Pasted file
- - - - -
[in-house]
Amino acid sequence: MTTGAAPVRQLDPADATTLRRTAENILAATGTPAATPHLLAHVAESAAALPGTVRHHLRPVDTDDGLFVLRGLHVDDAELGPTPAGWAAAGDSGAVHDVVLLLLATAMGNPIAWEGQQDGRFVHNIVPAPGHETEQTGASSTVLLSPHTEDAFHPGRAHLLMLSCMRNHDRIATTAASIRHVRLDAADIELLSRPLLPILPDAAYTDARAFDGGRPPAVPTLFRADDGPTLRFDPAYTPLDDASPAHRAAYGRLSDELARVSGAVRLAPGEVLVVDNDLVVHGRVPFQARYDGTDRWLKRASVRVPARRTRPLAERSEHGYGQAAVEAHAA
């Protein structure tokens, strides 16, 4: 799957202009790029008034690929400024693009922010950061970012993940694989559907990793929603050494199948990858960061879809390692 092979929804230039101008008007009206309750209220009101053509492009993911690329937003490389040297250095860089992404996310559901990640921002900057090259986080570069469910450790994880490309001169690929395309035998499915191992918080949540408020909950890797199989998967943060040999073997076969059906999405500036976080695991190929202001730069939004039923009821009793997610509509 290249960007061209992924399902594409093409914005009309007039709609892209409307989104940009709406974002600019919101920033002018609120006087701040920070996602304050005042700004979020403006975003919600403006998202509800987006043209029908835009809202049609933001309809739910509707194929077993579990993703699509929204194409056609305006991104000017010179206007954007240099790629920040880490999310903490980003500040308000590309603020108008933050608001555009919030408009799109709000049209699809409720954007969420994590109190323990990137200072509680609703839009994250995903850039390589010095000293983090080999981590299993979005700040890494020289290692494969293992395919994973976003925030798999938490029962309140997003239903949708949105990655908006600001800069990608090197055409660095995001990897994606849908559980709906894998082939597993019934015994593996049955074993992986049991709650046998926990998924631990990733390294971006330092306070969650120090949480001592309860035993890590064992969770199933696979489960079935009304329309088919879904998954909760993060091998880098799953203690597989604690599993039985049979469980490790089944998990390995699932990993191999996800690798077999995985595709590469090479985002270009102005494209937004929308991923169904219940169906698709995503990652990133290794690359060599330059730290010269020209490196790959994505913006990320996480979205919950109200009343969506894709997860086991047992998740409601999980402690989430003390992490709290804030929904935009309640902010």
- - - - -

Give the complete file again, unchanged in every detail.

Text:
[in-house]
Amino acid sequence: MTTGAAPVRQLDPADATTLRRTAENILAATGTPAATPHLLAHVAESAAALPGTVRHHLRPVDTDDGLFVLRGLHVDDAELGPTPAGWAAAGDSGAVHDVVLLLLATAMGNPIAWEGQQDGRFVHNIVPAPGHETEQTGASSTVLLSPHTEDAFHPGRAHLLMLSCMRNHDRIATTAASIRHVRLDAADIELLSRPLLPILPDAAYTDARAFDGGRPPAVPTLFRADDGPTLRFDPAYTPLDDASPAHRAAYGRLSDELARVSGAVRLAPGEVLVVDNDLVVHGRVPFQARYDGTDRWLKRASVRVPARRTRPLAERSEHGYGQAAVEAHAA
């Protein structure tokens, strides 16, 4: 799957202009790029008034690929400024693009922010950061970012993940694989559907990793929603050494199948990858960061879809390692 092979929804230039101008008007009206309750209220009101053509492009993911690329937003490389040297250095860089992404996310559901990640921002900057090259986080570069469910450790994880490309001169690929395309035998499915191992918080949540408020909950890797199989998967943060040999073997076969059906999405500036976080695991190929202001730069939004039923009821009793997610509509 290249960007061209992924399902594409093409914005009309007039709609892209409307989104940009709406974002600019919101920033002018609120006087701040920070996602304050005042700004979020403006975003919600403006998202509800987006043209029908835009809202049609933001309809739910509707194929077993579990993703699509929204194409056609305006991104000017010179206007954007240099790629920040880490999310903490980003500040308000590309603020108008933050608001555009919030408009799109709000049209699809409720954007969420994590109190323990990137200072509680609703839009994250995903850039390589010095000293983090080999981590299993979005700040890494020289290692494969293992395919994973976003925030798999938490029962309140997003239903949708949105990655908006600001800069990608090197055409660095995001990897994606849908559980709906894998082939597993019934015994593996049955074993992986049991709650046998926990998924631990990733390294971006330092306070969650120090949480001592309860035993890590064992969770199933696979489960079935009304329309088919879904998954909760993060091998880098799953203690597989604690599993039985049979469980490790089944998990390995699932990993191999996800690798077999995985595709590469090479985002270009102005494209937004929308991923169904219940169906698709995503990652990133290794690359060599330059730290010269020209490196790959994505913006990320996480979205919950109200009343969506894709997860086991047992998740409601999980402690989430003390992490709290804030929904935009309640902010």